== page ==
60 - 54
54 - 48
48 - 42
42 - 36
36 - 30
30M
60 - 30 M
6M
1st Galactic year 250 to present
Phanerozoic Era 543 - Present
Paleogene Period 65.5 - 23
Tertiary 65 - 2.7
Cenozoic Era 65 - Present
Sel
Thanetian - 55.8
Ypresian 55.8 - 48.6
Lutetian 48.6 - 40.4
Bartonian
40.4 - 37.2
Priabonian
37.2 - 33.9
Rupelian Age
33.9 - 28.4
Paleocene 65 - 55.8 paleocene
Eocene 55.8 - 33.7
Oligocene
                                                                                   
South Pole

- 57.5 - 56.4
- 55.9 - 53.4
Paleocene 65 - 55.8

- During the, the vast inland seas of the Cretaceous Period dry up, exposing large land areas in North America and Eurasia. Australia begins to separate from Antarctica, and Greenland splits from North America. A remnant Tethys Sea persists in the equatorial region.

- Mammalian life diversifies, spreading into all major environments. Placental mammals eventually dominate the land, and many differentiated forms evolve, including early ungulates (hoofed animals), primates, rodents, and carnivores.
- 61.7 - 58.7 Selandian Age
- 58.7 - 55.8 Thanetian
South Pole

- 53 - 52.9
- 52.8 - 52.7
- 52.4 - 51.8
- 51.2 - 51.1
- 50.9 - 49.6
- 49 - 47.9
- 55.8 - 48.6 Ypresian
- 48.6 - 40.4 Lutetian
South Pole

- 46.3 - 43.8
- 42.6 - 41.6
Eocene 55.8 - 33.7

- Plate tectonics and volcanic activity form the Rockies in western North America. Erosion fills basins. Continental collisions between India and Asia culminate in the Alpine-Himalayan mountain system. Antarctica and Australia continue to separate and drift apart.
The climate is subtropical and moist throughout North America and Europe.

- Early forms of horse, rhinoceros, camel, and other modern groups such as bats evolve in Europe and North America. Creodonts and ruminant ungulates evolve.
Archaic whales (archeocetes) evolve from terrestrial meat-eating ungulates. Sirenians (dugongs and manatees) first evolve in the shallow Tethys Sea.
South Pole

- 41.3 - 40.2
- 39.6 - 39.5
- 38.4 - 38.1
- 37.9 - 37.8
- 37.6 - 37.5
- 36.6 - 36.3
Paleocene 65 - 54.8

- During the, the vast inland seas of the Cretaceous Period dry up, exposing large land areas in North America and Eurasia. Australia begins to separate from Antarctica, and Greenland splits from North America. A remnant Tethys Sea persists in the equatorial region.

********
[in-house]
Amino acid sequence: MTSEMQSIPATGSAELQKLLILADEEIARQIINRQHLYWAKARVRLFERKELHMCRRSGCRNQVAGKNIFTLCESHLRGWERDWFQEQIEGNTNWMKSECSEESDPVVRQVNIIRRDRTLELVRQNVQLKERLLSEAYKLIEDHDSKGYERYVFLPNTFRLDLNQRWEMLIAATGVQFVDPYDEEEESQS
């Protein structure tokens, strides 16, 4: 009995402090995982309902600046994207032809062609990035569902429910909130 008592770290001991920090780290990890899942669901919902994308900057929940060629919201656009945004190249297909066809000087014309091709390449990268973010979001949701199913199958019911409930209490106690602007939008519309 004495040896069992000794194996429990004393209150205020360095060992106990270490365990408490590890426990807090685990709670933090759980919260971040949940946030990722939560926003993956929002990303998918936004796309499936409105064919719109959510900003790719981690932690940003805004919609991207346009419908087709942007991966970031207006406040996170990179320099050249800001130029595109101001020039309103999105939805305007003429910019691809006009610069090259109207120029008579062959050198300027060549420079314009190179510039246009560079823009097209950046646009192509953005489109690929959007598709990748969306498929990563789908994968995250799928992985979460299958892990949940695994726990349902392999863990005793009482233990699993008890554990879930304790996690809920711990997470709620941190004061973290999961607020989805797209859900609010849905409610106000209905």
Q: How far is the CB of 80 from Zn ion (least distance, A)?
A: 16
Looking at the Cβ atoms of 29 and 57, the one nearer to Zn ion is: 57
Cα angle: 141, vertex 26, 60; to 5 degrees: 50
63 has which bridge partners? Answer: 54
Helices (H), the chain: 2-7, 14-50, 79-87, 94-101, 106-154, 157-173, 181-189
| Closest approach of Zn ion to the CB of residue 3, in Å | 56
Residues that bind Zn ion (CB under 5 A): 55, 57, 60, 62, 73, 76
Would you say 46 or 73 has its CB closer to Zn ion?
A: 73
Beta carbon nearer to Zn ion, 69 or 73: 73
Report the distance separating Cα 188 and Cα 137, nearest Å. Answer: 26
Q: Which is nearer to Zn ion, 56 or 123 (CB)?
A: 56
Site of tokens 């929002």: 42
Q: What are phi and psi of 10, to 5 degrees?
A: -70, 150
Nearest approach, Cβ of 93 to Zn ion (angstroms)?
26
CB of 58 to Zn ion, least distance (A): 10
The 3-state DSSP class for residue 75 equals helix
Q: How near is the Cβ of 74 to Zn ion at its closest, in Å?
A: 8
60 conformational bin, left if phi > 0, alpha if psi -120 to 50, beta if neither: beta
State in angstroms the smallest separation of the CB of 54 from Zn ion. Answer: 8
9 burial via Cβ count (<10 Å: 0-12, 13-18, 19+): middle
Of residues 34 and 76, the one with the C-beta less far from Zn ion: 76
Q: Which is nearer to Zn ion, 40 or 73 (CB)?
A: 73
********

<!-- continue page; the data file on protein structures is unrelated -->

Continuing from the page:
- Mammalian life diversifies, spreading into all major environments. Placental mammals eventually dominate the land, and many differentiated forms evolve, including early ungulates (hoofed animals), primates, rodents, and carnivores.
- 40.4 - 37.2 Bartonian Age of the Eocene Epoch
- 40 Primates diverge into suborders Strepsirrhini (wet-nosed primates) and Haplorrhini (dry nosed primates). Strepsirrhini contains most of the prosimians; modern examples include the lemurs and lorises. The prosimian tarsiers, along with the simian monkeys and apes are the haplorrhines. One of the earliest haplorrhines is Teilhardina asiatica, a mouse-sized, diurnal creature with small eyes.
South Pole

- 35.7 - 35.6
- 35.3 - 35
- 34.7 - 33.6
- 33.1 - 31
- 30.6 - 30.2
- 37.2 - 33.9 Priabonian
Oligocene Epoch 34 - 24

- Tectonic plate movement is still very dynamic. Africa and Europe nearly collide, closing the Tethys Sea and leaving as a remnant the Mediterranean Sea. Volcanism and fragmentation of western North America is associated with the emplacement of major ore deposits.
The southeren ocean forms and the climate is generally temperate. Glaciation begins in Antarctica.

- Representatives of modern mammals become the dominant vertebrate life form, including horses, pigs, true carnivores, rhinoceroses, elephants, and camels. Oreodonts diversify in North America. Early primates appear in North America, and early apes appear in Egypt. Many archaic mammals become extinct.
The earliest representatives of modern cetaceans (baleen and "toothed" whales) evolve.
Grasslands expand, and forest regions diminish.
- 33.9 - 28.4 Rupelian Age